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Stephan van Hulst

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since Sep 20, 2010
Cologne, Germany
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Recent posts by Stephan van Hulst

This pisses me off so badly.

My suggestion: create a simple text file in the user folder with the user name and password in plain text. Admin account can modify, the user account can read. Then simply perform a text comparison.

Functional requirements fulfilled, and security is provided by the operating system. Job well done.
10 minutes ago
To clarify, I know about SNAPSHOT versions, but I don't know what OP means by "SNAPSHOT cycle".
3 hours ago
Well, they could have returned an object like I demonstrated with SortedSequenceSearchResult, and they could have done it all the way back in Java 1.2.

It's not about whether I CAN produce code that uses the offset negative int correctly. It's about how it makes MY code look. Let's reprise the ListBasedSortedSet.add() method I wrote earlier:

Not terrible, but definitely much less fluent than the first version.
6 hours ago
You will want to perform a GroupBy. This is what it looks like:
10 hours ago
I don't know what you mean by "SHAPSHOT cycle" and what you mean by "RELEASE cycle". Are these phases in Jenkins' release pipeline?

Do you have profiles configured in your POMs? Again, we can't do much to help if you if you don't show us your POMs. The devil is often in the details, and even a "simple parent POM" can harbor tricky gotchas.

Also, have you spoken to DevOps about Jenkins yet?
11 hours ago
I'm not sure this is a Maven issue. Your pipeline is probably set up that it refuses to release artifacts that have a dependency on pre-release artifacts. You probably have to create full release versions of your dependencies before you can release the dependent artifact.

I think you have to talk to your DevOps person for more info. MAYBE we can help you some more if you show us your POM?
15 hours ago
Because they don't catch the exception in the calling method. They just declare another throws clause in that method.

It's okay to let some exceptions bubble up the call stack until they reach the appropriate method to handle them, but many programmers just let exceptions bubble all the way up, or even worse, handle the exception too soon by just logging a message (or sometimes not even that!)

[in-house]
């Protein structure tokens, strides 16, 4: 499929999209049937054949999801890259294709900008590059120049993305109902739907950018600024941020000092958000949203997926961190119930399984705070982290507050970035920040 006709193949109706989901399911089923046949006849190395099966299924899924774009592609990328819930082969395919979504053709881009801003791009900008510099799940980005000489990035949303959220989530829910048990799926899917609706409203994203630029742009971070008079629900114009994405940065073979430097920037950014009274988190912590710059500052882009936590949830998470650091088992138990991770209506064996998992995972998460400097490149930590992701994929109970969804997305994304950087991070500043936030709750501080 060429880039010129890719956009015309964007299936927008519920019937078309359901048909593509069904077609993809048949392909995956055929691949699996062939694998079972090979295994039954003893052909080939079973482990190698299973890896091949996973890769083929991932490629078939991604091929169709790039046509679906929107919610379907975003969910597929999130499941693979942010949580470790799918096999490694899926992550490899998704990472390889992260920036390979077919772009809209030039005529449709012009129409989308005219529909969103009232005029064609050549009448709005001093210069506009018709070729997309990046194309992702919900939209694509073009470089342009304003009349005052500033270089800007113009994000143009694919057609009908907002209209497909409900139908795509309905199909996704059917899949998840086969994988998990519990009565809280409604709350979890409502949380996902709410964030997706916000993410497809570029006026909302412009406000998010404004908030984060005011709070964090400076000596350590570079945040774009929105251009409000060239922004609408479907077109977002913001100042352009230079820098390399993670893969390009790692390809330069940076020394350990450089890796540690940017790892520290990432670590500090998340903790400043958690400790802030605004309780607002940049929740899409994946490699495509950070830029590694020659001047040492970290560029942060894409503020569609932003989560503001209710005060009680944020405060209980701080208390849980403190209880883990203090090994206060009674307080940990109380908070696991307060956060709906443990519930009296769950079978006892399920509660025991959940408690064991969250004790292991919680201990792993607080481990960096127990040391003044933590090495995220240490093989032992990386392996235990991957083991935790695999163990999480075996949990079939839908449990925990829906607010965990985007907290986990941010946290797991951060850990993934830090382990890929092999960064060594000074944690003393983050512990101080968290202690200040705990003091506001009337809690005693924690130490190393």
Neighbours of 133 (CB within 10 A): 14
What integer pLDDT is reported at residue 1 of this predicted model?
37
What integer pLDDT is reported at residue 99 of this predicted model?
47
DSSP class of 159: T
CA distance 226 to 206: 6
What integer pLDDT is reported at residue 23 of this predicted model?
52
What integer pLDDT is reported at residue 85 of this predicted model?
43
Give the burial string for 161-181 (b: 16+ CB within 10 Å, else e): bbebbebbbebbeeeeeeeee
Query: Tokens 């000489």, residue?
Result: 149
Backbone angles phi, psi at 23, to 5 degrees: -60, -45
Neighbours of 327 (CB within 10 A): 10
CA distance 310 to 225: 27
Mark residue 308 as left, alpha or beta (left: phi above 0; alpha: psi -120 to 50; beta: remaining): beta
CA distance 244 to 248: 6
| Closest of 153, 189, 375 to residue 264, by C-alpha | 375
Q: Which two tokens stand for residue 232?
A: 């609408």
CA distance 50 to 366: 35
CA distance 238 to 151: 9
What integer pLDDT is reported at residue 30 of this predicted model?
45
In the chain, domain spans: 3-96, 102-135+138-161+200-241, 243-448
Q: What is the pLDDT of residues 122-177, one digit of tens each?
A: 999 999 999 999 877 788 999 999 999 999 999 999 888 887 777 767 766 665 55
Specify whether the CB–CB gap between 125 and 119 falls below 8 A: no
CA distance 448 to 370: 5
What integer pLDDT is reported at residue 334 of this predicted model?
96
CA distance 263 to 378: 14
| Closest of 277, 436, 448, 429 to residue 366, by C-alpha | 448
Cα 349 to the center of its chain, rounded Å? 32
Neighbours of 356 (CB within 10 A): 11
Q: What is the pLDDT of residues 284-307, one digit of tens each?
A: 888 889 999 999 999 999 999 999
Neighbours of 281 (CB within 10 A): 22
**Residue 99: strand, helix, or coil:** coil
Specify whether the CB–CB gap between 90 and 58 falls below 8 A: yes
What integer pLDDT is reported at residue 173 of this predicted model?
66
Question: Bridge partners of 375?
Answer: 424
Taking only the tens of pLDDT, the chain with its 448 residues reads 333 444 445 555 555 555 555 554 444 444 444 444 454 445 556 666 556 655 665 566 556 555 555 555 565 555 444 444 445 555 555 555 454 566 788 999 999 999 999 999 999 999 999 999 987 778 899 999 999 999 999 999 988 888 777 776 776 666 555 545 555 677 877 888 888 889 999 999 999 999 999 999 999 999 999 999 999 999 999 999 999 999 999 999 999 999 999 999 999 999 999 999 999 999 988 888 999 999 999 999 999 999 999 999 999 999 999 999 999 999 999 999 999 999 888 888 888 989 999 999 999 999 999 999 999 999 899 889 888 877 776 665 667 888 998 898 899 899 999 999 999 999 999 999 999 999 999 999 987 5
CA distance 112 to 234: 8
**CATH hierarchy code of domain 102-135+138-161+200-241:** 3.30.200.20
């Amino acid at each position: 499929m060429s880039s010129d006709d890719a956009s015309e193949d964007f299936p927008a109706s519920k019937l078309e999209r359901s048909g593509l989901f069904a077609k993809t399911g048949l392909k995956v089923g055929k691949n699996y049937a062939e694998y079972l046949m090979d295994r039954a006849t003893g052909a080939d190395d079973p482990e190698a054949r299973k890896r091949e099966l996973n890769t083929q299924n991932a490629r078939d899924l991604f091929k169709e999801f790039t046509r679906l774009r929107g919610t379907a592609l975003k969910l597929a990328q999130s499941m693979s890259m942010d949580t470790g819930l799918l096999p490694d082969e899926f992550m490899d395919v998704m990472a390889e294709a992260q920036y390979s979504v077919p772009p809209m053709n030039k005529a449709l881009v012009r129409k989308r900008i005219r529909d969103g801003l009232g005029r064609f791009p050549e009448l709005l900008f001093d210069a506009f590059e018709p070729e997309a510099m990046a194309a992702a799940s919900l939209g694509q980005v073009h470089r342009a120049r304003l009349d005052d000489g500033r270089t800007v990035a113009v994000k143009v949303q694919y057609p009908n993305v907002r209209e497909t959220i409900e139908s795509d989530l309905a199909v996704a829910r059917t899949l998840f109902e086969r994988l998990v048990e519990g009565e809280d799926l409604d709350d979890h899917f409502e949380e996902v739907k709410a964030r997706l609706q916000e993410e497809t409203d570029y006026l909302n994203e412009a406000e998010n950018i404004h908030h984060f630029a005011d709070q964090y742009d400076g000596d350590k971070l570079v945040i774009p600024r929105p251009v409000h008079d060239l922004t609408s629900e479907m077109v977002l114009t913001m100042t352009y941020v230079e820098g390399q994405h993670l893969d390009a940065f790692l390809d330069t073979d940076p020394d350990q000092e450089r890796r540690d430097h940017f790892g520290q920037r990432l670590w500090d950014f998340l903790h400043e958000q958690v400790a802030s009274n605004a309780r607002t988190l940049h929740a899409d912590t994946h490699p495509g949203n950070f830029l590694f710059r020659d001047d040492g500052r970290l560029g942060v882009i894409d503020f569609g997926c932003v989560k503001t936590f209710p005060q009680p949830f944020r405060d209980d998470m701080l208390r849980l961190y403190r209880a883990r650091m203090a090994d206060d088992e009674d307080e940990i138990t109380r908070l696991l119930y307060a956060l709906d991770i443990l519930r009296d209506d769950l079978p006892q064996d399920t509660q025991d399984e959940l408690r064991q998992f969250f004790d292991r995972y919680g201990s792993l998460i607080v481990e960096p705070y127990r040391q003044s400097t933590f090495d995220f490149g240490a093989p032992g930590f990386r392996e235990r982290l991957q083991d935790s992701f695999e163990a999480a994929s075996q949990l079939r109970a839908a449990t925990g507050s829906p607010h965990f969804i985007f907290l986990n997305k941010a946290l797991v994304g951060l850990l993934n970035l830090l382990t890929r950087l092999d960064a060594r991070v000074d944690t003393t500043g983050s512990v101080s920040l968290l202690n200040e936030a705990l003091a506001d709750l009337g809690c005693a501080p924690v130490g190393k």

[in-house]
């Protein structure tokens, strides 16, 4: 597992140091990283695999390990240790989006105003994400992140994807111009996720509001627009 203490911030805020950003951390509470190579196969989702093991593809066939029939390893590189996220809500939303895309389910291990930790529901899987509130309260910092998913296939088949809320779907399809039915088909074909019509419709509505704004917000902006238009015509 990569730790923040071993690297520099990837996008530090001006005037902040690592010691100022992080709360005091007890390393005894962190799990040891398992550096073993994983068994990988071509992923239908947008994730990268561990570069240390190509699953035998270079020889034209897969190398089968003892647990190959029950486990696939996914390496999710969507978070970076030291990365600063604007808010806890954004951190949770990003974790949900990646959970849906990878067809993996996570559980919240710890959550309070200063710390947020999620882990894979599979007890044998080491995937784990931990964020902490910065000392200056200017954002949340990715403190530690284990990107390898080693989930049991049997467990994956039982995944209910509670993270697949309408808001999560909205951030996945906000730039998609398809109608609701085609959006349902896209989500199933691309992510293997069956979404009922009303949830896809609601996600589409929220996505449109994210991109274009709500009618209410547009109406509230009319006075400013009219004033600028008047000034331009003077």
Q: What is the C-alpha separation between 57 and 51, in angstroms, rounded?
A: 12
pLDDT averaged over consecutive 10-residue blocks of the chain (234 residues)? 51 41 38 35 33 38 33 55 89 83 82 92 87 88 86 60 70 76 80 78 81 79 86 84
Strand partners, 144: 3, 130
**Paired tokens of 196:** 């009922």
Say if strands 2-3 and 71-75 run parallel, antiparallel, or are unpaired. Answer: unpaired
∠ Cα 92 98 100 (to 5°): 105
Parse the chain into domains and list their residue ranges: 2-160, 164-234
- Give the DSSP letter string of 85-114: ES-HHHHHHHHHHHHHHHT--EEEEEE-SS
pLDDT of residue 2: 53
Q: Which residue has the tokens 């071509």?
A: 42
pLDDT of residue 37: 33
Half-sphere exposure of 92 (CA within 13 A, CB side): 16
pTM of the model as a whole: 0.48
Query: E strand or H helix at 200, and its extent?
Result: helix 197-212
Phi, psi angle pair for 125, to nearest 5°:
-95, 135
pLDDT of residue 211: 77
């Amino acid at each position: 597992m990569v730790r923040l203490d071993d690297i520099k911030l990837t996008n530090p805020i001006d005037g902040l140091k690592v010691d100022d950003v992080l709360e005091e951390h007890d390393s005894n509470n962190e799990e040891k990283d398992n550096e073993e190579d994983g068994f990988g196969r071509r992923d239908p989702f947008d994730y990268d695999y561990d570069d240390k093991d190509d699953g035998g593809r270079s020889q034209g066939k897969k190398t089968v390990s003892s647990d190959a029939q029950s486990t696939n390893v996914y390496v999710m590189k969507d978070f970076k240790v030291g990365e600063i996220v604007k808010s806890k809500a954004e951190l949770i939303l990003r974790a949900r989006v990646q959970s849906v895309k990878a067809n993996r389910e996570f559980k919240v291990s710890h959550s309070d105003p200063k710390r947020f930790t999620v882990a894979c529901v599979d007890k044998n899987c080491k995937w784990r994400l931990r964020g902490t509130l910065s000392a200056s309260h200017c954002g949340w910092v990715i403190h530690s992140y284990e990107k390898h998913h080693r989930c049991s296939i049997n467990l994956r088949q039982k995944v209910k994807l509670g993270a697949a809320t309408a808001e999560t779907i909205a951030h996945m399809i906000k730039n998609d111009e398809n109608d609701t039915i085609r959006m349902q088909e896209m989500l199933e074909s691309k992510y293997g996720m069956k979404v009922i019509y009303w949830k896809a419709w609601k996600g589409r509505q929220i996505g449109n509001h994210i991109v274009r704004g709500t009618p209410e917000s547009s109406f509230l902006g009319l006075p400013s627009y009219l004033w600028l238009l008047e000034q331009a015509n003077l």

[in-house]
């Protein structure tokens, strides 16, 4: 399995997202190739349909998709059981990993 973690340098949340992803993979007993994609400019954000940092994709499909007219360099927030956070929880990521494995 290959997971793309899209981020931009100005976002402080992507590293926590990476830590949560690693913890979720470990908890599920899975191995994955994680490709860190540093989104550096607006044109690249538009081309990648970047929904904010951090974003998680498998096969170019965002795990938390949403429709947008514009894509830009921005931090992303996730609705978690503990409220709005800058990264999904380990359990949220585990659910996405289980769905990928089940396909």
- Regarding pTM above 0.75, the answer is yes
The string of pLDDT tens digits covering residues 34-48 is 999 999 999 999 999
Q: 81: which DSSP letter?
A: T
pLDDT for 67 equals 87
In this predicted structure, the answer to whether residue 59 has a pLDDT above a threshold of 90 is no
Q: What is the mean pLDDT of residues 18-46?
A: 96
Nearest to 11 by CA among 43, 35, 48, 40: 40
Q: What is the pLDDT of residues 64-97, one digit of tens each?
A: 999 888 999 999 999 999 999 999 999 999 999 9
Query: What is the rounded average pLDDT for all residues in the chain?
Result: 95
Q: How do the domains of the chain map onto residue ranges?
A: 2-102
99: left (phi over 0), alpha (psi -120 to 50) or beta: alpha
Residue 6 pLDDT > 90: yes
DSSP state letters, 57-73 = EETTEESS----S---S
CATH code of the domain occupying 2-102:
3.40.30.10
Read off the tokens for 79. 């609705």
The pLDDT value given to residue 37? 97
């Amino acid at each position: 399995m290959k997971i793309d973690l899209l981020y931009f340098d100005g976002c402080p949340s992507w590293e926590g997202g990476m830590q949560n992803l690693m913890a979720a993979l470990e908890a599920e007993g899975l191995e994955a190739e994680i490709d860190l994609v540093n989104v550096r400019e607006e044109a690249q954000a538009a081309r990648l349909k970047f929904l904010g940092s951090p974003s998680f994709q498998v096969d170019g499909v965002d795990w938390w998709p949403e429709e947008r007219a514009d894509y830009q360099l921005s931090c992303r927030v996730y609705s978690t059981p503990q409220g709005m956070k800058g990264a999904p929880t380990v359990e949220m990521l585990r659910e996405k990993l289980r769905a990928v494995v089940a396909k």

1 day ago

Monica Shiralkar wrote:Why is it poor form? Is it because it is not written as below?


Yes, that would have been the correct way to do it in Java if you had declared the field as private. In C#, the correct way is:

Note the following differences:

  • C# uses IList instead of List.
  • C# uses List instead of ArrayList.
  • In C# you write built-in reference types (like object and string) with a lowercase letter.
  • C# doesn't support generic type inference for constructor calls; there's nothing similar to the diamond operator in Java.

  • Private fields should be written with a lowercase letter. I don't know what the convention is for internal, protected or public fields, but it doesn't matter: Fields should be private. The default visibility in C# for fields is private, but it's better to state it explicitly.
    1 day ago
    Right click the META-INF.services package in your project explorer and select "New -> Other...". Under "Categories", select "Other" and then under "File Types" select "Empty File".
    2 days ago
    No. In this context, 'system' refers to the JVM instance + all loaded modules. Services that your module provides are available to the NetBeans platform and all other loaded modules.
    2 days ago
    Be careful that you don't forget how to write Java properly as you're learning C#. The String class' name starts with an uppercase letter, and variable names should start with a lowercase letter.

    In C# you also have to decide what kind of list you want to use. You chose to use the C# version of an ArrayList, which is called List. The common list interface is called IList, not List. So essentially you wrote the C# equivalent of:

    This is poor form.
    2 days ago

    Monica Shiralkar wrote:C# has only the concept of checked exceptions.


    I think you mean, C# only has unchecked exceptions.

    Like Brecht, I don't know what you mean by liability.

    Personally I'm a big fan of checked exceptions, because the compiler reminds me I have to take care of them. Many others consider checked exceptions a "failed experiment", because lazy programmers don't care to handle them properly and just declare a throws clause on all their method signatures.
    2 days ago